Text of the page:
From October 2001 to June 2004, Los Alamos researchers purified plutonium oxide for use in fabrication of mixed oxide (MOX) lead assemblies. This work was conducted in support of the National Nuclear Security Administration (NNSA) Office of Fissile Materials Disposition (NA-26) surplus plutonium disposition program. This program is part of a major U.S./Russian bilateral effort to dispose of surplus weapons materials. The lead assembly effort required negotiations and close coordination among the governments of the United States, France, the United Kingdom, and Japan, as well as the involvement of the European Commission. Many agencies within these governments and numerous U.S. and international contractor organizations participated in the lead assembly effort.
An FS-47 container.
At the time operations were suspended at Los Alamos on July 16, 2004, purification of the material had been completed, and the material had been placed into DOE Standard 3013 containers for shipment to France, where the lead assemblies were to be fabricated. Work remaining to be done consisted primarily of packaging the 3013 containers into Nuclear Regulatory Commission- and Department of Transportation-approved Type B shipping packages designed and fabricated in France, and loading the packages onto DOE Office of Science and Technology (OST) trucks for shipment off site. Arrangements for other steps in the shipping process (OST transport, ocean transport, and land transport in France) were dependent on Los Alamos completing the first part of the shipping process as scheduled.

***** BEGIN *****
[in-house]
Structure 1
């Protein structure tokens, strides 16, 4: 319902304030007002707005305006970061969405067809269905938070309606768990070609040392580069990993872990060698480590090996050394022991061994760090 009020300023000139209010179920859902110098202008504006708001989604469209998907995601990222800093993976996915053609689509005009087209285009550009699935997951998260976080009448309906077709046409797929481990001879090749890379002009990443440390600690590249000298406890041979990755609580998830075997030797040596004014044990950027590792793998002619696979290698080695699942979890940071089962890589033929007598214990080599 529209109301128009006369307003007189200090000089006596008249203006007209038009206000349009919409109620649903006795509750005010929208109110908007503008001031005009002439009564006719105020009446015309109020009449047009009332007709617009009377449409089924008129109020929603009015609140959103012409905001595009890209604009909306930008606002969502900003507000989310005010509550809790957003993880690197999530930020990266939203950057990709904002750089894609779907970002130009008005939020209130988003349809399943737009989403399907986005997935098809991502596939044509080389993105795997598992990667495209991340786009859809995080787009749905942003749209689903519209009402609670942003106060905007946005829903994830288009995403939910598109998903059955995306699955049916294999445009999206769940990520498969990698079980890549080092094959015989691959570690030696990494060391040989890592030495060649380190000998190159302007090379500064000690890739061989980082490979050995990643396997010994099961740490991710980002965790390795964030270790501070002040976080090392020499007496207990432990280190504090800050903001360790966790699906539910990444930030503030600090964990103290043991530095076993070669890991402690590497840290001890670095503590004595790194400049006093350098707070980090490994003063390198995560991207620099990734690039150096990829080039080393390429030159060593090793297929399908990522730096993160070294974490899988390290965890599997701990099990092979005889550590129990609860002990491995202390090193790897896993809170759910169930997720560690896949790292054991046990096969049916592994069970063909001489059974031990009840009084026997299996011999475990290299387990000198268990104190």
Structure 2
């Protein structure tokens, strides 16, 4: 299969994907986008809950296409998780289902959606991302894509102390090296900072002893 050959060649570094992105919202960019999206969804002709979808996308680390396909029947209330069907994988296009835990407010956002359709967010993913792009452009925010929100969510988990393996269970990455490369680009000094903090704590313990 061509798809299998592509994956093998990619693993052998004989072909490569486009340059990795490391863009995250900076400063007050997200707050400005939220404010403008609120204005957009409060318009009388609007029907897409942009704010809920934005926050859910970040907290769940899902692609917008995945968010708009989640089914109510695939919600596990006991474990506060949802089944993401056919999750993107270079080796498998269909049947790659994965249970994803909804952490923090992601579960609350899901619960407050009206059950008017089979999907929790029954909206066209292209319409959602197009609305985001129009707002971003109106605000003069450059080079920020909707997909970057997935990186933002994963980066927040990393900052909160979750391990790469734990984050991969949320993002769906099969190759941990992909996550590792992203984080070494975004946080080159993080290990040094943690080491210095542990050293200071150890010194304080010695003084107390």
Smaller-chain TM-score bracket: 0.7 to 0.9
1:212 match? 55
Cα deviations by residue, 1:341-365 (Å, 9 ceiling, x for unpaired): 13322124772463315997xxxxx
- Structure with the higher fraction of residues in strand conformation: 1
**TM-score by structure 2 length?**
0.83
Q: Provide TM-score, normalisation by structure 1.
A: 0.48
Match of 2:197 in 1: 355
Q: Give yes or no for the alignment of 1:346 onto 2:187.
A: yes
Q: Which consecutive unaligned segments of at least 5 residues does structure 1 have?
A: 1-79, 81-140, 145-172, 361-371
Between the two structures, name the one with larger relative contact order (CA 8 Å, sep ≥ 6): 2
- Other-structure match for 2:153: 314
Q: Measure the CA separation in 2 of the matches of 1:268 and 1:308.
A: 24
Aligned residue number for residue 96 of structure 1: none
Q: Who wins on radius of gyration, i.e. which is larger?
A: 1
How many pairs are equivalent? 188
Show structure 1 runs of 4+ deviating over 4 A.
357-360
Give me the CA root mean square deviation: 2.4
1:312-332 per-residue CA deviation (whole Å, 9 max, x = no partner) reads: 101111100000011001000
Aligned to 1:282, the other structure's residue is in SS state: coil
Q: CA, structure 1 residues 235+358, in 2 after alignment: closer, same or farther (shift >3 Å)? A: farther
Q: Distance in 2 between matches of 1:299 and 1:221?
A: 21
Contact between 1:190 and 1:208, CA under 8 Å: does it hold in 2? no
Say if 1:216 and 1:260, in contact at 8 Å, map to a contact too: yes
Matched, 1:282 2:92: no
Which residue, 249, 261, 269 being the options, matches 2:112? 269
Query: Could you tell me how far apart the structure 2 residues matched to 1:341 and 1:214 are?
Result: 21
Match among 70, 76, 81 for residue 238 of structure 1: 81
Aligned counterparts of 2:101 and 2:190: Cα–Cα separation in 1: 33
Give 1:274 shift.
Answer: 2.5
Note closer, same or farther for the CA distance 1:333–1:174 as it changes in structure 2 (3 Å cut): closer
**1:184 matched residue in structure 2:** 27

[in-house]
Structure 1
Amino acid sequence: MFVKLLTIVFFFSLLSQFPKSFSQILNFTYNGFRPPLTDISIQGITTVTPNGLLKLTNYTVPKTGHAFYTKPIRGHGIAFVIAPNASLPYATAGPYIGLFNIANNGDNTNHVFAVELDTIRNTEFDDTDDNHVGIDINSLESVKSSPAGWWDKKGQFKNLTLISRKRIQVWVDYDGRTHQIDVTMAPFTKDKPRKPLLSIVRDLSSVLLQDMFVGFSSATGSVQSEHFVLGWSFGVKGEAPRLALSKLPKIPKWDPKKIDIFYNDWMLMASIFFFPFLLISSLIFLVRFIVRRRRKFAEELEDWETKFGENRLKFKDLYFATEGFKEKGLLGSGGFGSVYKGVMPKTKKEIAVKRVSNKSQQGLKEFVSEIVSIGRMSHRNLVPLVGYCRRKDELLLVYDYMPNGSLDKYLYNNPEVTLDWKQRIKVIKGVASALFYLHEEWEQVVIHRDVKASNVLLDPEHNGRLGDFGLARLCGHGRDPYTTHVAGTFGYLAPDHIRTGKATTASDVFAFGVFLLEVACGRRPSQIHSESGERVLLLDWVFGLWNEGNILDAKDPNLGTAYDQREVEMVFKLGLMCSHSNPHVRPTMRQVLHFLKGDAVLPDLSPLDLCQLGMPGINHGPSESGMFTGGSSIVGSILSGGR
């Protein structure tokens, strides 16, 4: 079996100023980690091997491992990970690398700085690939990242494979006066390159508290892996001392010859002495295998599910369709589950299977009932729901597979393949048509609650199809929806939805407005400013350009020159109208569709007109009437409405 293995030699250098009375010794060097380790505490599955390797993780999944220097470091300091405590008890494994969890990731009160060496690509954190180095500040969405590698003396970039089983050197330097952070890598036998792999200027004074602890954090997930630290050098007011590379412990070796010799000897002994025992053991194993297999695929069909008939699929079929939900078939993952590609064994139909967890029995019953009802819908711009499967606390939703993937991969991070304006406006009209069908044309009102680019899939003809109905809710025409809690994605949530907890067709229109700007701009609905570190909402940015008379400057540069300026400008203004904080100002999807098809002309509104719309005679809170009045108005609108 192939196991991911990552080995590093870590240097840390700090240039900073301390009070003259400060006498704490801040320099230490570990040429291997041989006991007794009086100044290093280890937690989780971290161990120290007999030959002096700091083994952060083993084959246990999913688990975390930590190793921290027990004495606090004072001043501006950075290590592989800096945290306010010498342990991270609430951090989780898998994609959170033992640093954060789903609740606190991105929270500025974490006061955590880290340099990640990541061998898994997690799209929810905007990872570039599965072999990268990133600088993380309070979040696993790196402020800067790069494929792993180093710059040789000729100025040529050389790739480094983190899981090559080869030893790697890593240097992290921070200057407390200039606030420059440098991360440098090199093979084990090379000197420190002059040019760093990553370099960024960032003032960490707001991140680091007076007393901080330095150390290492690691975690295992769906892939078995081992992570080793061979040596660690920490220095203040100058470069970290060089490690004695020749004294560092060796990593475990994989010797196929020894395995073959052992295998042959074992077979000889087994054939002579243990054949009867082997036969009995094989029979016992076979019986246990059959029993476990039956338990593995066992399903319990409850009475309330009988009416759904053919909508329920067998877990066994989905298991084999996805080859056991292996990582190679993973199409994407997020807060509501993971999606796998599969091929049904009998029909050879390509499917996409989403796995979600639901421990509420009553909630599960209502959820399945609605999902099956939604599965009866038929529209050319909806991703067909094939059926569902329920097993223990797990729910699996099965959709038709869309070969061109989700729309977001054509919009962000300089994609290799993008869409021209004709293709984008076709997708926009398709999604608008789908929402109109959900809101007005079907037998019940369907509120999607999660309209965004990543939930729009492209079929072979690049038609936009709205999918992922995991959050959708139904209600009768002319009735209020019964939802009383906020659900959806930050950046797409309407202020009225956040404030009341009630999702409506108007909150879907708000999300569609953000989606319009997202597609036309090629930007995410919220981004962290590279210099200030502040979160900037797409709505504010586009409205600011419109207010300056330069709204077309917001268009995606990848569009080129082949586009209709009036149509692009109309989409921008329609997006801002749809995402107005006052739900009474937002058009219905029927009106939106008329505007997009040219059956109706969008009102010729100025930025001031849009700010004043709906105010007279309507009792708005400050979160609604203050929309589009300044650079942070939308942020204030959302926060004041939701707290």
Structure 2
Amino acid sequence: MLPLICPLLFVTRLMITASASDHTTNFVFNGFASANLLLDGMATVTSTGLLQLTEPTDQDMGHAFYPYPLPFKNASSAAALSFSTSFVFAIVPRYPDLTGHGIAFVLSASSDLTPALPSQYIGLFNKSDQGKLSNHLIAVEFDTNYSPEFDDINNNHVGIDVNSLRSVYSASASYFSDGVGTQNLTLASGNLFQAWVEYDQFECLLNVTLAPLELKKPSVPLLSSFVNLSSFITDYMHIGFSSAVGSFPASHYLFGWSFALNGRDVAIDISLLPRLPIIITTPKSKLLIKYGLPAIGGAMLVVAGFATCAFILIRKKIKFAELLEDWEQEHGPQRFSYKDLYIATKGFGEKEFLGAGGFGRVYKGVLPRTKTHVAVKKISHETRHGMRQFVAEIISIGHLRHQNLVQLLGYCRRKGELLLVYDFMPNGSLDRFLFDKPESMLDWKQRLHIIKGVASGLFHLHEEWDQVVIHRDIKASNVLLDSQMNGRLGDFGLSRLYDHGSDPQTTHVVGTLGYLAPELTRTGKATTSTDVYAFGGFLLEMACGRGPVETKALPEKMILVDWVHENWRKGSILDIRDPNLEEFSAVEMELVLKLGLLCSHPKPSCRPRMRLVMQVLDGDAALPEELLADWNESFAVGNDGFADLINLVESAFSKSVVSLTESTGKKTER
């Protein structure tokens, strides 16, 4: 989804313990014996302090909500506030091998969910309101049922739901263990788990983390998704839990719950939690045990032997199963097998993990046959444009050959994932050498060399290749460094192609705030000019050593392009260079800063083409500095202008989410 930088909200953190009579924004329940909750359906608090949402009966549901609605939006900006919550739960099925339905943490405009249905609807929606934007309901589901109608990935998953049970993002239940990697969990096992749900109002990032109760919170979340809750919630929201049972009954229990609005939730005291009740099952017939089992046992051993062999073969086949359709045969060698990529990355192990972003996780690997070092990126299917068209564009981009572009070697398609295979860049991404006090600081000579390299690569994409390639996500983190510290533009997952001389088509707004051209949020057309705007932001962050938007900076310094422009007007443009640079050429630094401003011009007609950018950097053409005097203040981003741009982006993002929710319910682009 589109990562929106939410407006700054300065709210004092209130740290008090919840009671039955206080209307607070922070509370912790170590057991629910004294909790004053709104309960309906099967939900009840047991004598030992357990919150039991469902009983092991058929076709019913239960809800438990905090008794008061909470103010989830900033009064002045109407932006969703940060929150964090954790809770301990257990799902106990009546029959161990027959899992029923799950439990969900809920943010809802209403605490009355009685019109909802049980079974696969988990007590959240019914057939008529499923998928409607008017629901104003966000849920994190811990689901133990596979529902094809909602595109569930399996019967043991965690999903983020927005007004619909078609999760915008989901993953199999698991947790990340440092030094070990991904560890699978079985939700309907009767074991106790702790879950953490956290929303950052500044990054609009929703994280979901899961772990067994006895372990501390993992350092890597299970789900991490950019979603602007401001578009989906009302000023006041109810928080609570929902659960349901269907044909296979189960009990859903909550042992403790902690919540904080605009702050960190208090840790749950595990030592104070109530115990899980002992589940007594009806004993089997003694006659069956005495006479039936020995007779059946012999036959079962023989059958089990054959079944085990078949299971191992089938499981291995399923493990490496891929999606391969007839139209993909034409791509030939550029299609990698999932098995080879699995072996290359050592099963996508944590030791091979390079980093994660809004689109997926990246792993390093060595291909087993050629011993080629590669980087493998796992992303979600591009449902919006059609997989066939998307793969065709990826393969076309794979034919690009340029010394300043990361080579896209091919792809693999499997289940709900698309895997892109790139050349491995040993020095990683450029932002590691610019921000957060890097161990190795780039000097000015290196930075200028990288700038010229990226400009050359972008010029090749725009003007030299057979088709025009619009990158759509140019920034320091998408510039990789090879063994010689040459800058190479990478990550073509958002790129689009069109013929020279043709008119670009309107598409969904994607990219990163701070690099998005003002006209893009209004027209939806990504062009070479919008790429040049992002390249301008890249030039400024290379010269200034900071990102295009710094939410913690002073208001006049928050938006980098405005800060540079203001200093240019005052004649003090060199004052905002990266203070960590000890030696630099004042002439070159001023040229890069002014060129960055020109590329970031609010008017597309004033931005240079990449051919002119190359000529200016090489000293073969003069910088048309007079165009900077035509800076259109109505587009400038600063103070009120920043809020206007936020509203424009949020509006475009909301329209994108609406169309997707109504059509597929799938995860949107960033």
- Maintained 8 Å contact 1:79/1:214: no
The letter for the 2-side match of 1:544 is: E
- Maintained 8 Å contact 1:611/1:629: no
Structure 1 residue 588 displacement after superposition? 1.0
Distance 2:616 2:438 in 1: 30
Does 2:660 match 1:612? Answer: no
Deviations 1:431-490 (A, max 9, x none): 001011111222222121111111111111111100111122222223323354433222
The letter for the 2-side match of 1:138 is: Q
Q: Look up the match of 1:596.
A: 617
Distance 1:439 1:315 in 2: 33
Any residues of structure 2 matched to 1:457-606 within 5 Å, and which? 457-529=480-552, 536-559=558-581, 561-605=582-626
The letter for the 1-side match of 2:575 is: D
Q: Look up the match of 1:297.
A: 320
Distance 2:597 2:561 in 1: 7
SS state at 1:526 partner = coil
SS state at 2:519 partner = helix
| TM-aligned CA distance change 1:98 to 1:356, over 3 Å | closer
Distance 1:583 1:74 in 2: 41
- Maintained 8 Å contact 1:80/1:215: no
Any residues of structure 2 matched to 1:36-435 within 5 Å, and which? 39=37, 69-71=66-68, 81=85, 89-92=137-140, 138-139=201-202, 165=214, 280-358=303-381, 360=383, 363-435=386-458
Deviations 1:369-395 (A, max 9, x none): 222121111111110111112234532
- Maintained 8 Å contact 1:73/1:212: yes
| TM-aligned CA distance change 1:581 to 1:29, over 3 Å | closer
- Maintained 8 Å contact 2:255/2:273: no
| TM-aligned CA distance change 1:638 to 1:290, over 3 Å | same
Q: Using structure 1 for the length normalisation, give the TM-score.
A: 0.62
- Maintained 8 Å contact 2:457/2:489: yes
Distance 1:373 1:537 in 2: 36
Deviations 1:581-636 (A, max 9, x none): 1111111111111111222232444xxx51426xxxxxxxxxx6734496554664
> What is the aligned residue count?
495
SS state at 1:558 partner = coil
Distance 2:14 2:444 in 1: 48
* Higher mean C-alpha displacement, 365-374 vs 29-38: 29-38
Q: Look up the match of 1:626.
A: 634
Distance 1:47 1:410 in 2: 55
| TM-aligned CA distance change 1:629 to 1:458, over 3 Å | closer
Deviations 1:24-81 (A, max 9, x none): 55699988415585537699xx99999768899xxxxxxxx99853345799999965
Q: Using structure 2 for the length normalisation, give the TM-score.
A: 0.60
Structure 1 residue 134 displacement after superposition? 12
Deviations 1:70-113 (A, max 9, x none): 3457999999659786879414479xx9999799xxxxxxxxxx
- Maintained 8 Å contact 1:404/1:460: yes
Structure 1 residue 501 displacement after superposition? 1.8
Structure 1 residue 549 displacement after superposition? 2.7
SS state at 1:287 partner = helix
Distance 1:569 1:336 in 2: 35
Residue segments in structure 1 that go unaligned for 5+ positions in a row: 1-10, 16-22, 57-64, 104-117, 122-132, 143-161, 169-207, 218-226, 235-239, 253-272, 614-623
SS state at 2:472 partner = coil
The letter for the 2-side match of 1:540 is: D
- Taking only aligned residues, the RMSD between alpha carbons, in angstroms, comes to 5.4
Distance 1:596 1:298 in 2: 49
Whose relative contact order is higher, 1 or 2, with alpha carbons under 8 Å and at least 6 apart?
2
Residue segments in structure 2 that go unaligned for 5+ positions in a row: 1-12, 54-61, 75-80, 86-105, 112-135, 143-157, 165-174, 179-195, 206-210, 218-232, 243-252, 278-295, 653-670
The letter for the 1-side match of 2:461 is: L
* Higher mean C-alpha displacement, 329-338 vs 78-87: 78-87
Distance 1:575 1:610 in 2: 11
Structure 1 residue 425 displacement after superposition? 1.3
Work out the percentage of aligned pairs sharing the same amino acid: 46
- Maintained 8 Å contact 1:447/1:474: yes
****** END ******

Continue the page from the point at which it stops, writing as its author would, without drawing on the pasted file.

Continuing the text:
Shipment of the material from Los Alamos was time critical because the facility in France at which the lead assemblies were fabricated will be completely shut down soon. If the material was not received in France on the committed schedule, there would not be sufficient time to fabricate the assemblies before shut down of the facility begins. In this event, lead assemblies would not be available until the MOX Fuel Fabrication Facility to be constructed at Savannah River is operational. This would delay implementation of the U.S. plutonium disposition effort by three to five years, increase the cost of the U.S. program by $1 billion, place the viability of the bilateral program in jeopardy, and compromise U.S. credibility in this and other nonproliferation programs. There were no other alternatives available to NNSA. If the material did not leave Los Alamos on schedule, severe programmatic impacts would have resulted.
Accordingly, the plutonium oxide packaging and shipping activities were separated from other Laboratory activities and were made the focus of an intense readiness verification process before resumption of the work. Working closely with the staff of the NNSA Los Alamos Site Office, Los Alamos staff from six divisions prepared and reviewed procedures, authorization-basis documents, training documentation, and other documents to support this effort.
Because of this detailed preparation effort, as well as the dedication of many Los Alamos staff members, the plutonium oxide packaging and shipping effort was completed on schedule and was conducted safely, securely, and in compliance with all relevant requirements. Fabrication of the lead assemblies was completed in France in early March of this year, and the assemblies will be returned to the U.S. on time for insertion and testing in a commercial nuclear reactor. This effort demonstrates Los Alamos' ability to combine excellence in conduct of operations with excellence in science and engineering.
This article was contributed by Randy Erickson and David Alberstein of the Nuclear Materials Technology Division.
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